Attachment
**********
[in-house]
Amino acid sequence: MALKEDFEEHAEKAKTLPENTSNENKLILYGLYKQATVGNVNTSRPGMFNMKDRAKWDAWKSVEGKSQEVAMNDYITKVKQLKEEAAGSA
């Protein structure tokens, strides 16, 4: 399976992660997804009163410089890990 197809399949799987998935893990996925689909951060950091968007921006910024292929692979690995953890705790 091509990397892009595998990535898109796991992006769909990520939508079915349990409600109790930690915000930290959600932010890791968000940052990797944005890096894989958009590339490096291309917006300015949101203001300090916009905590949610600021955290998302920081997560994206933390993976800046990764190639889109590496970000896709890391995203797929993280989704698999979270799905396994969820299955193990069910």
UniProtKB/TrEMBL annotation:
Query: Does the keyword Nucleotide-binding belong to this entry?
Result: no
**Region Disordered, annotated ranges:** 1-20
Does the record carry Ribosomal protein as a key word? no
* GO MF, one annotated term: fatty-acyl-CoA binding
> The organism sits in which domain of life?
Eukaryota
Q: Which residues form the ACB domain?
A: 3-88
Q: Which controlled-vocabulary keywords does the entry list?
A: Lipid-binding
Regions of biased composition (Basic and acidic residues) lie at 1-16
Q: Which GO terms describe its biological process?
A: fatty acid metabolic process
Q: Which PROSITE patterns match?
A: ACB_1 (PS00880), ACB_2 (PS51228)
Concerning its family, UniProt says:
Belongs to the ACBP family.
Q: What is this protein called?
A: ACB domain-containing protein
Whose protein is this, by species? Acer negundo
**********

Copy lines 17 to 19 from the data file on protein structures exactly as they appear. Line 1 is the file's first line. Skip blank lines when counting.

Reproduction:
Q: Which GO terms describe its biological process?
A: fatty acid metabolic process
Q: Which PROSITE patterns match?